As I detailed in the previous installment of this series, the deadlines federal agencies face to manage all of their records electronically create a sense of urgency. Unfortunately, history has shown that agencies don’t always choose the best course of action as they try to comply.
The seemingly most obvious path toward electronic records management is to procure and implement records management software. However, managing records, especially across large agencies, is not as simple as that. Federal agencies have done that repeatedly over the past couple of decades with, at best, mixed results.
Those agencies that have been successful took a more measured approach. They didn’t try to address every record challenge at the same time. Instead, they analyzed their greatest needs and created a records strategy. This led many of them to success, while greatly reducing the risk of having to restart the process every few years.
Read the federal requirements at the National Archives.
Assess What You Have
The first step in any journey is understanding the current landscape. Therefore, most agencies have performed records inventories. What is often missing is an assessment of the systems managing those records. That assessment is necessary for a strategic approach, but even that is incomplete without understanding the effectiveness of those systems, in both managing records and supporting the mission.
- Are you relying on manual processes to capture records?
- Are there adequate controls that protect records while not restricting operations?
- Can agency personnel readily find and access records when needed?
- Most importantly, do your systems meet the National Archives and Records Administration’s Universal Electronic Records Management (UERM) requirements? If not, then the agency’s records may be at risk.
Identify Your Risk Areas
Agencies need to identify those records most at risk within their organization and prioritize the proper management of those records.
Most agencies have several categories of records that they are not managing in a manner compliant with RM policies. While having finance place records into a structured Microsoft 365 site may not be ideal, it works better than storing their official records in email. CGI’s experience shows that agencies manage records better when the records are part of a structured process—even if the storage location is not a true records repository.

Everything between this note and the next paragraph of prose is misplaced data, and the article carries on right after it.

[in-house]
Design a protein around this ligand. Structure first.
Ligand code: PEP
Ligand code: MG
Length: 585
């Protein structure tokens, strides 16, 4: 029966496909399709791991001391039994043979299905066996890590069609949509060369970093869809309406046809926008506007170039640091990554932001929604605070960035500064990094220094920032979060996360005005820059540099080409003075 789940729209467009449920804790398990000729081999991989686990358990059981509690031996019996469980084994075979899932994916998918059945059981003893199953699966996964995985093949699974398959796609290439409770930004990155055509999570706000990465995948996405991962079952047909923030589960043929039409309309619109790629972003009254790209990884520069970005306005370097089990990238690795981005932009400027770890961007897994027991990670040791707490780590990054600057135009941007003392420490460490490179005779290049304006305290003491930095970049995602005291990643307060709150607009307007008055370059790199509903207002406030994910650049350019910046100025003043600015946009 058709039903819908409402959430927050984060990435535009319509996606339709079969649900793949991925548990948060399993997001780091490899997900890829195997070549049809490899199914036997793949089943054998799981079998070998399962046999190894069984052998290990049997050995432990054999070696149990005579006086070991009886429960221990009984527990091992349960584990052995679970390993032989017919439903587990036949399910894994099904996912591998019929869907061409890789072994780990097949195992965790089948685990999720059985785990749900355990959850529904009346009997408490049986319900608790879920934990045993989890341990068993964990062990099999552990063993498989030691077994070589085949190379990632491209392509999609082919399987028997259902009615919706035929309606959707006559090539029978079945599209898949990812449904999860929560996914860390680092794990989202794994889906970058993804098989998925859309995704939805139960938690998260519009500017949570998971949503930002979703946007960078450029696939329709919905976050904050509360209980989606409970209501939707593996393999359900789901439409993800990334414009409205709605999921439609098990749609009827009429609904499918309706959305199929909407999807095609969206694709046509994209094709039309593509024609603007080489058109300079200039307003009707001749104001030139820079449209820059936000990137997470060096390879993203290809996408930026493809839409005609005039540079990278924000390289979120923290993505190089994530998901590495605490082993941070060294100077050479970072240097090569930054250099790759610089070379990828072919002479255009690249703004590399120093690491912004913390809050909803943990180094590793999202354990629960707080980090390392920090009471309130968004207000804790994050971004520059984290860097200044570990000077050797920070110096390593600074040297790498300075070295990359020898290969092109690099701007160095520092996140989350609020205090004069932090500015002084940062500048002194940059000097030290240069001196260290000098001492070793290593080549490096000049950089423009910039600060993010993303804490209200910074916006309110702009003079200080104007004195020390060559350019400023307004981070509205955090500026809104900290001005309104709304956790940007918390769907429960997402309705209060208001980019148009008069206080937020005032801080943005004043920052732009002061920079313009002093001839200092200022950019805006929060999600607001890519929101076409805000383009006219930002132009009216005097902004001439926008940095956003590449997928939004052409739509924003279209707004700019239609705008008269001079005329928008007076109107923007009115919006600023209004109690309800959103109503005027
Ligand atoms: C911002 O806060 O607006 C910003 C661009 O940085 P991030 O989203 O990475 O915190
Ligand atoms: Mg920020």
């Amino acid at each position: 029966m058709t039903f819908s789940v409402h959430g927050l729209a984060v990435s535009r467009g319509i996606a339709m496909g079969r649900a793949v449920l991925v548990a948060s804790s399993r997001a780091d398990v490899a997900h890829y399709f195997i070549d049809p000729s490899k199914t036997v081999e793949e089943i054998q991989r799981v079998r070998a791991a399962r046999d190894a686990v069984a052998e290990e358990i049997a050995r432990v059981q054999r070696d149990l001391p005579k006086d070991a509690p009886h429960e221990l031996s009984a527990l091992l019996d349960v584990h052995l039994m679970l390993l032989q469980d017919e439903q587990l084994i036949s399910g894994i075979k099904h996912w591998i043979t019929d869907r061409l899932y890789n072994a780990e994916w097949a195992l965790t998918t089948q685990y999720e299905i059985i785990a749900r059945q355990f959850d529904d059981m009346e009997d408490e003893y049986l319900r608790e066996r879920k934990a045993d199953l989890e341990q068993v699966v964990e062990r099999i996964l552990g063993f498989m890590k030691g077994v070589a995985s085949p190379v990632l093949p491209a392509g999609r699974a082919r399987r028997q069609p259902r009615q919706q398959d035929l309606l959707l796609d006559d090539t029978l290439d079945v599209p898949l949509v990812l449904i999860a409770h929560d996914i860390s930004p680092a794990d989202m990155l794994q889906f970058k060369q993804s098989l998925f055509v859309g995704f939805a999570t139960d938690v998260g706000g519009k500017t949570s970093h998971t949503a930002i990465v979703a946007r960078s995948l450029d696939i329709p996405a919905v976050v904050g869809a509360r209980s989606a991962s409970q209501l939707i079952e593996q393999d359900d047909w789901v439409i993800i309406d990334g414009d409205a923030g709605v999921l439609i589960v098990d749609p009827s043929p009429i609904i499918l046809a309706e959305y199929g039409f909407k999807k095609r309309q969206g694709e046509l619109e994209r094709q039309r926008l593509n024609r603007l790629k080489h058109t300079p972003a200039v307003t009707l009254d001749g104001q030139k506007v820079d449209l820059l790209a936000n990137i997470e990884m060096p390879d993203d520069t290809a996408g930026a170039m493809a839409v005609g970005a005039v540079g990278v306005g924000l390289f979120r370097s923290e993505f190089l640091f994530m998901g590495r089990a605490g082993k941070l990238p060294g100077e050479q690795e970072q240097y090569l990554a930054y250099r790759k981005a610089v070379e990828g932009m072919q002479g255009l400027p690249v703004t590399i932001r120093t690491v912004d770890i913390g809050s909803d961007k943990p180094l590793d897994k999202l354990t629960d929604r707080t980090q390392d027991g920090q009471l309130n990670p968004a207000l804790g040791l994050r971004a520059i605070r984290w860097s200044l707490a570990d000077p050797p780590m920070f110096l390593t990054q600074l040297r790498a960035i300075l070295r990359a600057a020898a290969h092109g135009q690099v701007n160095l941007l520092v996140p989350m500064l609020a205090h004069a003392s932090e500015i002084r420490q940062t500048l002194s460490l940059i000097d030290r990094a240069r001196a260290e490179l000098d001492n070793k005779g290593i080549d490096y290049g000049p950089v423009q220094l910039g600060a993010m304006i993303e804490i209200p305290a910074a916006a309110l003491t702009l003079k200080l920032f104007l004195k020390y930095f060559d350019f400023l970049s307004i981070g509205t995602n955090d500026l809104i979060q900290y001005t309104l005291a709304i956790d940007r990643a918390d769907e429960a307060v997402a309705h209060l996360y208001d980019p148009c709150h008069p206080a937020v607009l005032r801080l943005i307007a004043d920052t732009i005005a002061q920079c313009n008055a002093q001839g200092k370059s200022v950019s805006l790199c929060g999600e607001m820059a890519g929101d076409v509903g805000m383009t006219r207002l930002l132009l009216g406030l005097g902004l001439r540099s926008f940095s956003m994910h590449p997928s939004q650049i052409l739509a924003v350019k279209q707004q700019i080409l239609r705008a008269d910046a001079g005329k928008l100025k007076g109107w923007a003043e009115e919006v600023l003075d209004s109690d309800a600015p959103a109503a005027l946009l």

The records most often at risk are those tied to paper processes. Paper gets lost, and is non-compliant with Office of Management and Budget Memorandum M-19-21. Electronic permanent records are also at risk. Agencies effectively manage permanent records for the first few years of life, but long-term management is rarely effective if the agency doesn’t properly capture, categorize, and store permanent records in an electronic records repository.
Putting Together a Strategic Plan
Working alongside key stakeholders, putting together a prioritized list of record initiatives is an important first step for agencies. The first items often include efforts to clarify policies and processes that support the electronic record. The resulting records management roadmap is a living document that an agency can use to best focus and plan their records management efforts.
The 18-month deadline extension NARA recently implemented is not enough time for agencies to do everything they need to do to achieve M-19-21 compliance, if they are not already far along their records strategy roadmap. However, it is enough time to ensure that they are on the right path and will not have to start over later. It is enough time to begin executing against a solid records management plan and roadmap. That might be enough to persuade NARA to allow individual agencies more time.
If you need help getting started or determining if you are on the right path, contact us today.